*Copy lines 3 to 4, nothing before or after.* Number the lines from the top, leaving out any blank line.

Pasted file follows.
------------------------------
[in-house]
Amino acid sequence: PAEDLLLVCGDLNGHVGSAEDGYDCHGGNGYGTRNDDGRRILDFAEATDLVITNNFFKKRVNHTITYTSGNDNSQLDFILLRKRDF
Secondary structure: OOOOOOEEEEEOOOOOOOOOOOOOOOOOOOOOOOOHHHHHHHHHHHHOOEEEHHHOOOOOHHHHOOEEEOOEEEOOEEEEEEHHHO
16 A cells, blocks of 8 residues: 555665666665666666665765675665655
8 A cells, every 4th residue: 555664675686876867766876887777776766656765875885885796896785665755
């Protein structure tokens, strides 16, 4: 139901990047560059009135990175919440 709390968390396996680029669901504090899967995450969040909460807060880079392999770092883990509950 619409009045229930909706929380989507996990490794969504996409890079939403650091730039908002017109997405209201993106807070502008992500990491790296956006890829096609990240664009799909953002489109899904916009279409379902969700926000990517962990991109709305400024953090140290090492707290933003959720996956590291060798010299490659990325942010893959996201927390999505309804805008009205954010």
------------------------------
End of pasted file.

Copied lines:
Secondary structure: OOOOOOEEEEEOOOOOOOOOOOOOOOOOOOOOOOOHHHHHHHHHHHHOOEEEHHHOOOOOHHHHOOEEEOOEEEOOEEEEEEHHHO
16 A cells, blocks of 8 residues: 555665666665666666665765675665655